A thirty-four-year-old Kenyan man by name James Mukangi has been sentenced to three years in prison for making samosas with cat meat for residents of Nakuru.
He was charged on two counts; for slaughtering a cat for human consumption in a deceptive manner contrary to the Food, Drugs and Chemical Substances Act and for slaughtering an animal at an undesignated place contrary to the meat control regulations.
Chief Magistrate, Bernard Mararo, handed Mukangi a three-year jail term with 200,000 shillings ($1,982) fine option for the first charge, and a year’s imprisonment or 50,000 shillings ($495.50) fine for the second, after he pleaded guilty to both charges.
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Mukangi was apprehended on Sunday while skinning cats along the railway lines at the outskirts of the town Nakuru, where he had already cut off the head of a cat, ready to skin it, reports local media The Star Kenya.
According to him, he has been engaged in selling cat meat samosas for the past eight years and has managed to make over 500,000 Kenyan shillings ($4,955) from his business.
He further admitted that, “there’s always a high demand for the cat meat but I have always failed to meet it due to a lack of cats in my area. For close to eight years, I have skinned over 1100 cats. It was hard when I started but my clientele has grown.” He was quoted by The Star Kenya.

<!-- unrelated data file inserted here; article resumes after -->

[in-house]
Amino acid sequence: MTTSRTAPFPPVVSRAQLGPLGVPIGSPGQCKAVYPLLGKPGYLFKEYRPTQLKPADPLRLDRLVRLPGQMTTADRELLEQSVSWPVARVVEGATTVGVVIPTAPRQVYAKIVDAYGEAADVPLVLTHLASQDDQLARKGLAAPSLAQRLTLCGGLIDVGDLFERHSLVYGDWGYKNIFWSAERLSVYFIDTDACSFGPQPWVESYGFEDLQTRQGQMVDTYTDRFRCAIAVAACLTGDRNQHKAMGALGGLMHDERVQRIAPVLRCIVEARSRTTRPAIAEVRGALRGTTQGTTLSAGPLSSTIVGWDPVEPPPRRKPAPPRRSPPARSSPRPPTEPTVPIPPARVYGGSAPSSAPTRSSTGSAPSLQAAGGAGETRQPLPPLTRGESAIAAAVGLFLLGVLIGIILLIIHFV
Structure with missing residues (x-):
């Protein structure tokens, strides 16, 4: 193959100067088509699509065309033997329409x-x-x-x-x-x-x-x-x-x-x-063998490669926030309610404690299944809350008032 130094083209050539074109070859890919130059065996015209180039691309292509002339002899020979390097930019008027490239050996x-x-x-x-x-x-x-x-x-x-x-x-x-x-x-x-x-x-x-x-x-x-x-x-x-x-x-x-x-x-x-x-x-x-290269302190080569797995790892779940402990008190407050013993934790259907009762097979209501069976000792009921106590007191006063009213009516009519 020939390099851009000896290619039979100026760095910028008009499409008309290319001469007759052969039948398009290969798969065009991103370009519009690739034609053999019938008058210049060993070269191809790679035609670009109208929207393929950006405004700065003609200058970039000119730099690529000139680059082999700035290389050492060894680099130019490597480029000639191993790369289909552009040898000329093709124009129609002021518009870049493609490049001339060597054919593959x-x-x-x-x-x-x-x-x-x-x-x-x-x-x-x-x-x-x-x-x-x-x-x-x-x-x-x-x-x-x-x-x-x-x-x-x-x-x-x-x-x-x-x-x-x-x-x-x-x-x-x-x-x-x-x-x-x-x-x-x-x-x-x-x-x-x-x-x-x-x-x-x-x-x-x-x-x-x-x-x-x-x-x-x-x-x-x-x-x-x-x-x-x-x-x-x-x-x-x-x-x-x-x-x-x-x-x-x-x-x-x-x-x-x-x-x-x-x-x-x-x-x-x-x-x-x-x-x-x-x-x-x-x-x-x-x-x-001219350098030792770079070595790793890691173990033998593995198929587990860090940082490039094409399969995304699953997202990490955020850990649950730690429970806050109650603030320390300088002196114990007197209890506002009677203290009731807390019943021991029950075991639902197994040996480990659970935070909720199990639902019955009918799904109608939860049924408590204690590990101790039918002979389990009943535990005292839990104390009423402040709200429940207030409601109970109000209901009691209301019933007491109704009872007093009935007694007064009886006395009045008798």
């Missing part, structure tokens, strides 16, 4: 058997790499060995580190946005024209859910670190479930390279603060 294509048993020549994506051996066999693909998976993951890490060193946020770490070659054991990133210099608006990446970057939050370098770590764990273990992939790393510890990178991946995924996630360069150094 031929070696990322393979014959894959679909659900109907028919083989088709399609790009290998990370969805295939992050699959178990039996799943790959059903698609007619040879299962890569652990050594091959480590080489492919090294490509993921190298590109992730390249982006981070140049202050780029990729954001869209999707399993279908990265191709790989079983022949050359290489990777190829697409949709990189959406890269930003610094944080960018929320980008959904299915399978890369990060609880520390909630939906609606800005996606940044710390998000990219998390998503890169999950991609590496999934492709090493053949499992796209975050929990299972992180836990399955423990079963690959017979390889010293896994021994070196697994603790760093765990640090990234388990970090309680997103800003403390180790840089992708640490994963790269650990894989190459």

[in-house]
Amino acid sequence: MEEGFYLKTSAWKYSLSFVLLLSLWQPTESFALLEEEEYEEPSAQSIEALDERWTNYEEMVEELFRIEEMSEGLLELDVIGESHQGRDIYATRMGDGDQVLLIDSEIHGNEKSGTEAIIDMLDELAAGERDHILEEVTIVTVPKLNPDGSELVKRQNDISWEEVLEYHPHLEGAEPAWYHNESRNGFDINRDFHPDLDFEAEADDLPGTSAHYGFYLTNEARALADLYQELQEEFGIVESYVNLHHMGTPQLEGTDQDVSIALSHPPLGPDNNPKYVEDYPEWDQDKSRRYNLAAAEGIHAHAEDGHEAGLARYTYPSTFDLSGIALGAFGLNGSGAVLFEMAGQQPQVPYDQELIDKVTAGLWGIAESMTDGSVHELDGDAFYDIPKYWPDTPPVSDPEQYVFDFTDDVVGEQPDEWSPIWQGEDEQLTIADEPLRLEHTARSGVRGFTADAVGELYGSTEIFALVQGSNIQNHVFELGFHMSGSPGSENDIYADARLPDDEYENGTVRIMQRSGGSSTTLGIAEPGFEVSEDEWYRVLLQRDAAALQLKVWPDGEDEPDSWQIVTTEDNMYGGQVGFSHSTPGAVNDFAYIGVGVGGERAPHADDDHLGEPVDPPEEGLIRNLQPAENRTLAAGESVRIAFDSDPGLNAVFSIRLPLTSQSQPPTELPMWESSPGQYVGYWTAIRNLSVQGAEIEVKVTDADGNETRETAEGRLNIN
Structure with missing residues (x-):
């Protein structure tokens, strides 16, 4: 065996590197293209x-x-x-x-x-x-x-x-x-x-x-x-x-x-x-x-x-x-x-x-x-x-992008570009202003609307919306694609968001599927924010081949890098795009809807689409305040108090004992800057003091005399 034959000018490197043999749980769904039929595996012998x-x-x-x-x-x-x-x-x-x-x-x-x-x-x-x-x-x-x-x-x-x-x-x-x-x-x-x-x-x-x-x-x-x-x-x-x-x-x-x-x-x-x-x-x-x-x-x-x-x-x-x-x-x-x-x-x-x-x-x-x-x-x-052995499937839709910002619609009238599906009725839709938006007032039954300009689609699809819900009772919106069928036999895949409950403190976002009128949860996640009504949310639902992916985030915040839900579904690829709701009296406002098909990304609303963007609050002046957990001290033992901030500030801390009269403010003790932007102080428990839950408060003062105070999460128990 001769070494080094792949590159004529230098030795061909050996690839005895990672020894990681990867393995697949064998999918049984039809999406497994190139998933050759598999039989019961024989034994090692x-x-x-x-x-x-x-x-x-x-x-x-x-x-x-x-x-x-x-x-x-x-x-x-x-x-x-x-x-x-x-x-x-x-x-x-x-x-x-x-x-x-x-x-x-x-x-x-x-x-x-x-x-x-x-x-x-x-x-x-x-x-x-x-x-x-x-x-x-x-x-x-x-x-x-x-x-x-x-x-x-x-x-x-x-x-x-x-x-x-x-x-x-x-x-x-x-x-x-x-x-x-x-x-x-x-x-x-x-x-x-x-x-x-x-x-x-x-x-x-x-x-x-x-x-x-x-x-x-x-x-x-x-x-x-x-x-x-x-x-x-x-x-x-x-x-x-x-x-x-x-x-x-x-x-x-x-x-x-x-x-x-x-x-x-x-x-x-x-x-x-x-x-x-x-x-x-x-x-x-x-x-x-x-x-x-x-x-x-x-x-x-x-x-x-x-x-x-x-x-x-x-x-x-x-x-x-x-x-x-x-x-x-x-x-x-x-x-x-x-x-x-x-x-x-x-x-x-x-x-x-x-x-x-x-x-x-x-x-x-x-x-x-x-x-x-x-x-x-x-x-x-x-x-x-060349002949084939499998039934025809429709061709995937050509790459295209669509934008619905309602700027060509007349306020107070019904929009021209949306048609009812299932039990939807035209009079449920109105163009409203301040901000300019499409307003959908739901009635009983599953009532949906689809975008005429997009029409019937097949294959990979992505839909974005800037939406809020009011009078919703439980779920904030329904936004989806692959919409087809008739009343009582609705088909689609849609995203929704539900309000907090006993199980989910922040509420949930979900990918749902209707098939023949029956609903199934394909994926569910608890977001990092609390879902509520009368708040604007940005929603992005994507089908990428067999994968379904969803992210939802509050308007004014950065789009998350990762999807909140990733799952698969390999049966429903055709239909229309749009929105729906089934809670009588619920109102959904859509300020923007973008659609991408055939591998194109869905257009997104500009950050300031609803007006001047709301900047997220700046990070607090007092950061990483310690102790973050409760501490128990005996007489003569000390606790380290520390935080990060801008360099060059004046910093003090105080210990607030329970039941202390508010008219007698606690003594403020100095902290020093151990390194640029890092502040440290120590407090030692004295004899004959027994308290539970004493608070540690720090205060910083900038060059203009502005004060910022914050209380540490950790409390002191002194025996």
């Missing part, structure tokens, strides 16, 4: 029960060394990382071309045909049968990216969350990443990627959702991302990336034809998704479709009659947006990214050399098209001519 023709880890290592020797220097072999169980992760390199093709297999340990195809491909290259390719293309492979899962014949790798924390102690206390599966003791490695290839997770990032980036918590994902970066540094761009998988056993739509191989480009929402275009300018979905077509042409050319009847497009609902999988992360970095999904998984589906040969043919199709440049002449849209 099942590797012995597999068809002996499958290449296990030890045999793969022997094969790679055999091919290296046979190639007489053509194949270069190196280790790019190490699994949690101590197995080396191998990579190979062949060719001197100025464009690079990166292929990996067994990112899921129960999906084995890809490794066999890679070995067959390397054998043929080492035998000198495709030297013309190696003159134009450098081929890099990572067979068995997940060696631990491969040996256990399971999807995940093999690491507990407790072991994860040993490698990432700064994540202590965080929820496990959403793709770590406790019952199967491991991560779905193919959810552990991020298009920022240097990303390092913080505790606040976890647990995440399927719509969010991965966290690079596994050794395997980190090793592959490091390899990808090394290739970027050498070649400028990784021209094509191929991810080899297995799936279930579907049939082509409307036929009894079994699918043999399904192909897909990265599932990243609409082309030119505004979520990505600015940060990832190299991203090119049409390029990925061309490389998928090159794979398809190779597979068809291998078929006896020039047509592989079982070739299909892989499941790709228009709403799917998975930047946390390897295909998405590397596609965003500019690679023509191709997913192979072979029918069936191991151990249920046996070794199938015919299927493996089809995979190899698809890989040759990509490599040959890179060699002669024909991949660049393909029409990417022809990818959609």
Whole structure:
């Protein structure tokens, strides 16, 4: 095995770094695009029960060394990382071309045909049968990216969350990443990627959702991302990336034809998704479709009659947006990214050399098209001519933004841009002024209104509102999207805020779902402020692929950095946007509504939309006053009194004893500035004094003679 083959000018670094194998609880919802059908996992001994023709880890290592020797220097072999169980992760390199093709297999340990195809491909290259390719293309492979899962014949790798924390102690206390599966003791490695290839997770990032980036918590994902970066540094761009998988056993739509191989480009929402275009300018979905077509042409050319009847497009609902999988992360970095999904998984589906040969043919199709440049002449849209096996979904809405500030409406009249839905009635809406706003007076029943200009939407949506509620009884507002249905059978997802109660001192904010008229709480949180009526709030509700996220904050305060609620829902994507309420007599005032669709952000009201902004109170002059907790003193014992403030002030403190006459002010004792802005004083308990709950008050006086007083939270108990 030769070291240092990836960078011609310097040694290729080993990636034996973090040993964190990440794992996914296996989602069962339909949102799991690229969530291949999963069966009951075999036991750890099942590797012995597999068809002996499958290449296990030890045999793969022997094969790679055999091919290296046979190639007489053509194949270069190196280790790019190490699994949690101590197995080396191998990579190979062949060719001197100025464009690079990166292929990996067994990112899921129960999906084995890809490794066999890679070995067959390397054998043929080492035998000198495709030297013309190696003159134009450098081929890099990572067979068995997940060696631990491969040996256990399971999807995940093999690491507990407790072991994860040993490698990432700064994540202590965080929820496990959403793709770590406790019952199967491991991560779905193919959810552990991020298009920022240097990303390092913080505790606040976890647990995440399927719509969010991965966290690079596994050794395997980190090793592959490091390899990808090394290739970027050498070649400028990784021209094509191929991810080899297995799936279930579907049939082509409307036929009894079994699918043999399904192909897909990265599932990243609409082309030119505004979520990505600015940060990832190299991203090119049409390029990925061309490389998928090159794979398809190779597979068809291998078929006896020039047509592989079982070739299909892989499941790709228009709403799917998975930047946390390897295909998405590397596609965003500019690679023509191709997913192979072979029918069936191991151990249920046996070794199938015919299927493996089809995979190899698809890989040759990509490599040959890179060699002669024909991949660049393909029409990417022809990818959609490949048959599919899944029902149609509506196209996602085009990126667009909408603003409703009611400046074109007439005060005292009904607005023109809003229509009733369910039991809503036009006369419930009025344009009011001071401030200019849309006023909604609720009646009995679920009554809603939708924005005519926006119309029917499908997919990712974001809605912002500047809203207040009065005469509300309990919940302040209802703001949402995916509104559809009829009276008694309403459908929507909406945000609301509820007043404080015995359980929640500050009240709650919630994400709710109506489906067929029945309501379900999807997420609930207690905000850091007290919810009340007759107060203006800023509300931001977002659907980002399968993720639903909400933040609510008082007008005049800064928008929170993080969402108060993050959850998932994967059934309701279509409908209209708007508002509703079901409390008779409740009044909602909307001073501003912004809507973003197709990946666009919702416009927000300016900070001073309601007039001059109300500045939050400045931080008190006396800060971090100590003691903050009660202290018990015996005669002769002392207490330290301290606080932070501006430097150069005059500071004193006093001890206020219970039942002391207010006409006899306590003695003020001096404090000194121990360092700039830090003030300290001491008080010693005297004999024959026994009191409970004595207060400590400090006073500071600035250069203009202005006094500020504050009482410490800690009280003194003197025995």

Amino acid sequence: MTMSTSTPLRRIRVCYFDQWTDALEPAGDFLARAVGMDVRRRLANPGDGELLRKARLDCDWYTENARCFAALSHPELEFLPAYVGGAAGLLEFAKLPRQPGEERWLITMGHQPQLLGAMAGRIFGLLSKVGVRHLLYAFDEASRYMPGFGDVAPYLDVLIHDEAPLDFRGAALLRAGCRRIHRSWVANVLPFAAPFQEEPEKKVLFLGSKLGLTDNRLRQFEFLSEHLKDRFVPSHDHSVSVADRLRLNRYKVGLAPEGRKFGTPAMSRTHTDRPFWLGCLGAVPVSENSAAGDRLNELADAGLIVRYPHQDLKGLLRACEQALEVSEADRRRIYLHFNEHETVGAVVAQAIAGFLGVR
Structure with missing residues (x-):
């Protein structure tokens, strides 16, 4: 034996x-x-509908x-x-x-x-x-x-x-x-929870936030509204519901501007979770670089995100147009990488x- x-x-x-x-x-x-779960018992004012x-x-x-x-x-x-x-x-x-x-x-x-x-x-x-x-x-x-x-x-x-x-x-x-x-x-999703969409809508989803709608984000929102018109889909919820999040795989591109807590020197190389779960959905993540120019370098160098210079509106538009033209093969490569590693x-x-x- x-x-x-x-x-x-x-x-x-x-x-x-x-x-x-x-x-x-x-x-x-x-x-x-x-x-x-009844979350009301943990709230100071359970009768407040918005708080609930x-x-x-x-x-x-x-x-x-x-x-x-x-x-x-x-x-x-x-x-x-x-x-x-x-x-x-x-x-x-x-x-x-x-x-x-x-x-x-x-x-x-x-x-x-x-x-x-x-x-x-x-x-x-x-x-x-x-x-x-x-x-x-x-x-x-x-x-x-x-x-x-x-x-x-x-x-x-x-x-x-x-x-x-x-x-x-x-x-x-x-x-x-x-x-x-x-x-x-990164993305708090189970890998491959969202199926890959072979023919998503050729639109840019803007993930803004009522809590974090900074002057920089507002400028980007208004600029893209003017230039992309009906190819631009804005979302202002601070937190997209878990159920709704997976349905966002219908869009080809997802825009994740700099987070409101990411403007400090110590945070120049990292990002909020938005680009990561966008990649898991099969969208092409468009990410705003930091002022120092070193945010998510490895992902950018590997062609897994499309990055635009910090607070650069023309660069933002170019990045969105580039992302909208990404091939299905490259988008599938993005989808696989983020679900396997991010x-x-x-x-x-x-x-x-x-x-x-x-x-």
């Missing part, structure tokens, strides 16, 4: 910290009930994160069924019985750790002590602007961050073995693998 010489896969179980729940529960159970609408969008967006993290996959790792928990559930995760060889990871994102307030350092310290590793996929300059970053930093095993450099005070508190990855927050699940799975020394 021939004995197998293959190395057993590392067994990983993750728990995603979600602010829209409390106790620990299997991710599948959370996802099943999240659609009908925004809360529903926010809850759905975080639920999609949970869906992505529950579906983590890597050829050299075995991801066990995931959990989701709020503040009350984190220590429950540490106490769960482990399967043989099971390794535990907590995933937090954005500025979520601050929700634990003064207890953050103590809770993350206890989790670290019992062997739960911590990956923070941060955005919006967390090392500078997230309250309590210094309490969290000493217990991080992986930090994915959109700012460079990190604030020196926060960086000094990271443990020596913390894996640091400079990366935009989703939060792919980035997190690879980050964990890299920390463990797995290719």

Dr. Githui Kaba, a county veterinary officer stated that consuming cat meat is unsafe and also illegal as the meat had not undergone inspection before consumption.
Mukangi’s act is equally against the Prevention of Cruelty to Animals Act (2012) which is a revised version of an earlier law passed in 1983.
The law states that cruel behavior toward an animal is prohibited and includes starvation, abandonment and killing in a cruel manner. A violation warrants a fine of three thousand shillings, which is equivalent to 29.73 USD, or six months in prison.
Cat meat is relished in some parts of Africa such as Togo, Cote d’Ivoire, Ghana, Nigeria, Chad and Cameroon.
In Cameroon, cat meat is usually eaten at Christmas to mark the festive season. It is also eaten during the Batibo ceremony which is held from March to June annually and is believed to bring good luck to all who eat it.